Responding to the Media

Claremont, Calif. — Jan. 18, 2024 —Earlier this month, a Los Angeles Times article about Early Decision (ED) admissions in higher education reported inaccurately on Pitzer’s ED admissions, erroneously claiming that seventy-nine percent of Pitzer’s admitted students came through ED in 2020. I write to explain this error and provide the correct information, as well as some additional context on Pitzer’s use of early-decisions admissions.

The Times piece relied on information from a fall 2022 report from Education Reform Now that uses data from the Common Data Set. That report measures ED admits as a share of first-year student enrollments, which is an unorthodox measure because it compares apples (admits) to oranges (enrollments). Because of deferrals and other reasons, not every student admitted via ED ends up enrolling at Pitzer the following academic year. This occurs every year but had an especially large impact on the fall 2020 entering class because ninety-five admitted students (both ED and RD) deferred that year, so the ratio of admits to enrollments was unusually high. That ratio does not speak directly to the College’s relative reliance on ED.

To capture the share of each class made up of students admitted via early decision (the best measure of Pitzer’s reliance on ED), we must look at actual enrollment numbers. The share of enrolled first-year students who came to Pitzer via ED has largely hovered around fifty percent in recent years, in a similar range as most our peer institutions. In 2020 specifically (2019-20 admissions cycle), that figure was 50.7 percent. The table below provides recent trends in the number and percentage of students admitted and enrolled via ED, by admissions cycle. The third column measures ED admits as a percentage of total (ED+RD) admits, and the fifth column measures the percentage of the enrolled class who came by ED.

ED Admits to Total AdmitsED Enrolled to Total Enrolled
Admissions Cycle YearED1+2ED Total % ED1+2ED Total %
2016-1712334.4% 10740.8%
2017-1813533.2% 12044.0%
2018-1916237.2% 14652.9%
2019-2017439.9% 11450.7%
2020-2116651.7% 14741.2%[1]
2021-2216347.2% 15249.2%
2022-2314638.5% 13549.1%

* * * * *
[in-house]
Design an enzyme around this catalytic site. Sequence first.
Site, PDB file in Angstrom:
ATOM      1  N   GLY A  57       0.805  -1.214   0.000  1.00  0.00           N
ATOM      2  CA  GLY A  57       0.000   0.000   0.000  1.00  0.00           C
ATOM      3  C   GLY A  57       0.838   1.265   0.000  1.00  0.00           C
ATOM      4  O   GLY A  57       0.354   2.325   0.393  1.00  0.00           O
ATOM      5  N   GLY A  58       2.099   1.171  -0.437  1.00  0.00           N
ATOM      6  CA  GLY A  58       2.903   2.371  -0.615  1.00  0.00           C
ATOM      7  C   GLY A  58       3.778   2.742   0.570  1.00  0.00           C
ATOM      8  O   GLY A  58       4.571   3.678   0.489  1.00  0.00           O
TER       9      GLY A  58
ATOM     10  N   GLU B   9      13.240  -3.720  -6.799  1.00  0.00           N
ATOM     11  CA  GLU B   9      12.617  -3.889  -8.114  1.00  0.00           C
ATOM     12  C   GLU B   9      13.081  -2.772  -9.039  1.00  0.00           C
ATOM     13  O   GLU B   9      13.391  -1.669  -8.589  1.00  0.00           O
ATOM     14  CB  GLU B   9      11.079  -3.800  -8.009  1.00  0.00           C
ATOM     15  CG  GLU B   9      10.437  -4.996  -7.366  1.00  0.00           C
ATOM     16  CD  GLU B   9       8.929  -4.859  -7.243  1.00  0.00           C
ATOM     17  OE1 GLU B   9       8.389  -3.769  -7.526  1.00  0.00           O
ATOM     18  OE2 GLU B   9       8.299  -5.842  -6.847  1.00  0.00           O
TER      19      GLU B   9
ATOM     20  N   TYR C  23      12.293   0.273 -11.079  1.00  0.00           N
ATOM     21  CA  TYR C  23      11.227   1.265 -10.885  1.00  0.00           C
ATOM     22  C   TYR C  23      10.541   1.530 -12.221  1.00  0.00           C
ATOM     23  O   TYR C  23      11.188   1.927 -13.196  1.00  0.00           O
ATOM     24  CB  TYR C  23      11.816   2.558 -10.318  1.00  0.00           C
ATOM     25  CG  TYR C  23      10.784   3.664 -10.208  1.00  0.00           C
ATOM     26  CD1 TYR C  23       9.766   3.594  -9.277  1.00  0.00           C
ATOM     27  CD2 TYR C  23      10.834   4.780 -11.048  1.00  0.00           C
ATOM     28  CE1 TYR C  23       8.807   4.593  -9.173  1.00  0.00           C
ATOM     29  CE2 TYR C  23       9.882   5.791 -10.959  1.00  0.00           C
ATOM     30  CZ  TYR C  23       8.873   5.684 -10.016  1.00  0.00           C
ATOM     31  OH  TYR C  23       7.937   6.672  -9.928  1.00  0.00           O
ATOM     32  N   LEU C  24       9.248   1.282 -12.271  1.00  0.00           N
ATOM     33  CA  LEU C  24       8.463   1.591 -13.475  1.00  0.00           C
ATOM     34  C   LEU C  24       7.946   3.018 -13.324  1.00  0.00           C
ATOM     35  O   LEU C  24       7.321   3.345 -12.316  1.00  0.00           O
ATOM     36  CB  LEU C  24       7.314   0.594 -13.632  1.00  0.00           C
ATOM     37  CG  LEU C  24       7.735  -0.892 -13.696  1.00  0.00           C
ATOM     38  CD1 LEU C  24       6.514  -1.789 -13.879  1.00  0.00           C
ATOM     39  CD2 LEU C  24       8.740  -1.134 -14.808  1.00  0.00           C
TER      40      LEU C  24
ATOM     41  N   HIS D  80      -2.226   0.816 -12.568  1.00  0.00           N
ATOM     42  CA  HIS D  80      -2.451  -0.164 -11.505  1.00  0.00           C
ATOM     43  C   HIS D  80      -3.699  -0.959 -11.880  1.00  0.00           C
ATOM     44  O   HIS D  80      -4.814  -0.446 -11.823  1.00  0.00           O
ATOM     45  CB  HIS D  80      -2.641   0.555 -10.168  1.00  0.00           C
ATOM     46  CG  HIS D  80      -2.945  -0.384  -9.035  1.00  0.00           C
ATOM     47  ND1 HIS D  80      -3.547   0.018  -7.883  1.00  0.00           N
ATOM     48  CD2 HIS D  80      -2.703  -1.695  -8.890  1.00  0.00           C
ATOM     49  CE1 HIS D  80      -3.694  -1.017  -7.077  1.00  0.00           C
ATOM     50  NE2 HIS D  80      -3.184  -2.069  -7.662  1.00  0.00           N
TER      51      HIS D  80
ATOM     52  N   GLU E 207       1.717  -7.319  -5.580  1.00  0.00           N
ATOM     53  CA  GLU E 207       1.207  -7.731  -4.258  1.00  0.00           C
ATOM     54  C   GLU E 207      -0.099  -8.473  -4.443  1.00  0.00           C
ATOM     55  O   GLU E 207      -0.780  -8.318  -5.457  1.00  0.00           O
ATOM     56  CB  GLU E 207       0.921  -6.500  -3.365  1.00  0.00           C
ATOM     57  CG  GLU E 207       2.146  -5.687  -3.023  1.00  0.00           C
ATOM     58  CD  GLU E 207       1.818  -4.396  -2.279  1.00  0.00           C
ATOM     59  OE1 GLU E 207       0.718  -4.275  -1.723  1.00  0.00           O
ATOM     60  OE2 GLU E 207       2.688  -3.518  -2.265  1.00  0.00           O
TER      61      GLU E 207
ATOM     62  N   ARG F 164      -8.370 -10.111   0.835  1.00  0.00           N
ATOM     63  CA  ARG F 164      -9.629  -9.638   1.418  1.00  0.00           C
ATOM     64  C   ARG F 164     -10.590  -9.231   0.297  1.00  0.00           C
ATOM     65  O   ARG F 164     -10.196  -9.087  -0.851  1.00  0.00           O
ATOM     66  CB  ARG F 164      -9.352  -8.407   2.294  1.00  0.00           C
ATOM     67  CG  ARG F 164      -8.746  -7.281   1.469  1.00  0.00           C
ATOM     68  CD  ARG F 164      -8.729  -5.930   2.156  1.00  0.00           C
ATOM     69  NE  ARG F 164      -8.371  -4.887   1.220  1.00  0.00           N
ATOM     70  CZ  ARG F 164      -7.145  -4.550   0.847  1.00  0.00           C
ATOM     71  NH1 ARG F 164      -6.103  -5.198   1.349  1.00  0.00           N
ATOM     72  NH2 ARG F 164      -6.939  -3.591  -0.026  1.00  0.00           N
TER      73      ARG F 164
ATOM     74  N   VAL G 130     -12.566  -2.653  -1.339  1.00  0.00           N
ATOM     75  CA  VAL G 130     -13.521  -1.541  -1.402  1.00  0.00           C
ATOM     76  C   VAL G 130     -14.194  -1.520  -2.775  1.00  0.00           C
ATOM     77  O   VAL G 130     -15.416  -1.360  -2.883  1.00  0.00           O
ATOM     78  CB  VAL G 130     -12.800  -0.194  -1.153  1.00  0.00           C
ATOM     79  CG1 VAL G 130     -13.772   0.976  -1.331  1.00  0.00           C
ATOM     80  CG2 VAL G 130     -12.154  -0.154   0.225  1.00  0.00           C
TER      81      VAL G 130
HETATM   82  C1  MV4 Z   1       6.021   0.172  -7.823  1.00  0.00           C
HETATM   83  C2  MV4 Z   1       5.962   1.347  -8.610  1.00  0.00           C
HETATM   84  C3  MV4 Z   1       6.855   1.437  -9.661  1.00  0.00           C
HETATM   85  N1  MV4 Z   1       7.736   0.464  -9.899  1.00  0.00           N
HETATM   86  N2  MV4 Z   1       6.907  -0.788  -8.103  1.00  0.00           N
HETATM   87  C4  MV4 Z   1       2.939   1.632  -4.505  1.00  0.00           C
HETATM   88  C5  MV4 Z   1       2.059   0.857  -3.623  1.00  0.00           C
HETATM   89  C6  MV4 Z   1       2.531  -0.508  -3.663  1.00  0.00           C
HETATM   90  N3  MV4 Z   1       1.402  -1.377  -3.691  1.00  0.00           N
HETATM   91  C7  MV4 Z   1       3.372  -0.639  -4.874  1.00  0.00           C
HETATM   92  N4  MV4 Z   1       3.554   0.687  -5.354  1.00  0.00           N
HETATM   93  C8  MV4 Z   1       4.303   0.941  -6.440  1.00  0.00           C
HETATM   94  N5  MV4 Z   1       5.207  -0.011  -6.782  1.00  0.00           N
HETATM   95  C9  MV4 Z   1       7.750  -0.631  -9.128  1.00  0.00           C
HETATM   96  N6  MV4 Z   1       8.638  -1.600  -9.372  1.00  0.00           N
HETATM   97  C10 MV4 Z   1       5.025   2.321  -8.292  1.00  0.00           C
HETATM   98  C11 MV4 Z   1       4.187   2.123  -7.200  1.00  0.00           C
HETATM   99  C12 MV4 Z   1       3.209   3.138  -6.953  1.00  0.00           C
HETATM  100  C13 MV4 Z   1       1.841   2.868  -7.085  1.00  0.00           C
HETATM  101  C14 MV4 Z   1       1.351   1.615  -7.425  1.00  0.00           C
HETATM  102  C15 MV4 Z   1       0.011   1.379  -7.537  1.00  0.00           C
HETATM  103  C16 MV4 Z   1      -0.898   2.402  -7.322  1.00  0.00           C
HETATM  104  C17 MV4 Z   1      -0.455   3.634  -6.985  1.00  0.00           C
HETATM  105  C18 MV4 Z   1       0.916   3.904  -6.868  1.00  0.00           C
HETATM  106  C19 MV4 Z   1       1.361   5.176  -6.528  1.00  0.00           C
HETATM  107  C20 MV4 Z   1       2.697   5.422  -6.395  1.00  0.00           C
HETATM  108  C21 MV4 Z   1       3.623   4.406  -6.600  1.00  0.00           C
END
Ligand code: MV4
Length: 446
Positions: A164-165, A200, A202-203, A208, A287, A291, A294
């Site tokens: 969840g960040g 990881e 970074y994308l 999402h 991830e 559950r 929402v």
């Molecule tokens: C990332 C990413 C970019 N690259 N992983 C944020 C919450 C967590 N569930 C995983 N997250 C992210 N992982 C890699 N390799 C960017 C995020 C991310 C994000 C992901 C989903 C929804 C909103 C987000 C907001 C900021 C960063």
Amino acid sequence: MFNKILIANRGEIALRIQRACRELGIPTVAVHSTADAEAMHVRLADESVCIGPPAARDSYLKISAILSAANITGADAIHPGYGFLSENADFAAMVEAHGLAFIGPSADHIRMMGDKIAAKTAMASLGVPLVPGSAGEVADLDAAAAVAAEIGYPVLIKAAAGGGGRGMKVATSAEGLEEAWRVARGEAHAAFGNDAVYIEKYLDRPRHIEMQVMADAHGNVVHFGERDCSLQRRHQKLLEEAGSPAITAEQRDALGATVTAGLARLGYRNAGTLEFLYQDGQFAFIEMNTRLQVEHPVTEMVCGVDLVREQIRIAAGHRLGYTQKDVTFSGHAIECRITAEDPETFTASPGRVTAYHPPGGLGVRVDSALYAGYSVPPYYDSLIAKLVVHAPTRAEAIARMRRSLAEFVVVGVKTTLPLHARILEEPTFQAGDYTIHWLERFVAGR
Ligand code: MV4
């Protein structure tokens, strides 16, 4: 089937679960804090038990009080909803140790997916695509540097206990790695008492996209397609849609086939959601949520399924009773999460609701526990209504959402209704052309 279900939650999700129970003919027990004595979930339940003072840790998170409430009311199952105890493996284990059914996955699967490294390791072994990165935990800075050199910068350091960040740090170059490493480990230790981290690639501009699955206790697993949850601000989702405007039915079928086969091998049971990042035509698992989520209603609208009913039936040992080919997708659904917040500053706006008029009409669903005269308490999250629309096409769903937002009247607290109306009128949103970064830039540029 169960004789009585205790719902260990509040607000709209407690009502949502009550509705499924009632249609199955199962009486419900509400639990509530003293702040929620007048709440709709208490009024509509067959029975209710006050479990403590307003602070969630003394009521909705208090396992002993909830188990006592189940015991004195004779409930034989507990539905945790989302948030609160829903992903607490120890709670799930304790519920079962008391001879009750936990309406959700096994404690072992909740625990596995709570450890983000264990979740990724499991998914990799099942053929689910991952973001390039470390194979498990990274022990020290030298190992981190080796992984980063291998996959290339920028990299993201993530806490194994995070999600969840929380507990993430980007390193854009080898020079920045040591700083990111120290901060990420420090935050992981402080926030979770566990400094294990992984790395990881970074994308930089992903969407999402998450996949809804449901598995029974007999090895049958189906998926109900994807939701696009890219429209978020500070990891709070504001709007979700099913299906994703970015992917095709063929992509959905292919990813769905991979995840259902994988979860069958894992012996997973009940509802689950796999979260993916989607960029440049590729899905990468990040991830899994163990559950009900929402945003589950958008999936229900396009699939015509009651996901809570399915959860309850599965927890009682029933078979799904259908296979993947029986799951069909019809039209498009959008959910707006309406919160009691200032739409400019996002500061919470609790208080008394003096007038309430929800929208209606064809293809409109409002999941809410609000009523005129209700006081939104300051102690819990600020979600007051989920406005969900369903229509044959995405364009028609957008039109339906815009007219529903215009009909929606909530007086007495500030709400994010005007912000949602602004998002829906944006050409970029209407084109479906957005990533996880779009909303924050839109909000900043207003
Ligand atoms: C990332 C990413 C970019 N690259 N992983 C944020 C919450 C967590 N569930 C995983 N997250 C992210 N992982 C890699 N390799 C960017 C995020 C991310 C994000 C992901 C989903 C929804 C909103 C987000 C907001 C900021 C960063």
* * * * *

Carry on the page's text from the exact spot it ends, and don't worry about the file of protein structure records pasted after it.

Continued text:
A useful point to emerge from these discussions is that applicants who apply via ED are more likely to be well-resourced students from private schools and upper-middle-class backgrounds. These students tend to benefit from strong college counseling and the ability to finalize decisions early, giving them a competitive edge in a smaller applicant pool. As a tuition-dependent institution concerned about access and equity, we pay close attention to these trends and issues.

The LA Times article also offers some useful recommendations for colleges employing ED programs. One key suggestion, particularly relevant to Pitzer, is to ensure that colleges meet the full demonstrated financial need of students. Pitzer not only meets full need but is transparent about releasing students from the ED agreement if their financial aid offer proves insufficient.

I hope this analysis is useful. As always, my colleagues and I welcome questions and dialogue around important admission and financial aid issues that impact the College and our students.

Yvonne Berumen ‘97
Vice President of Admission and Financial Aid
Pitzer College | Office of Admission

[1] This year’s number is deflated due to the number of ED admits from the prior year’s cycle who deferred their enrollment to this year.

About Pitzer College

Pitzer College is a nationally top-ranked undergraduate liberal arts and sciences institution. A member of The Claremont Colleges, Pitzer offers a distinctive approach to a liberal arts education by linking intellectual inquiry with interdisciplinary studies, cultural immersion, social responsibility, and community involvement. For more information, please visit

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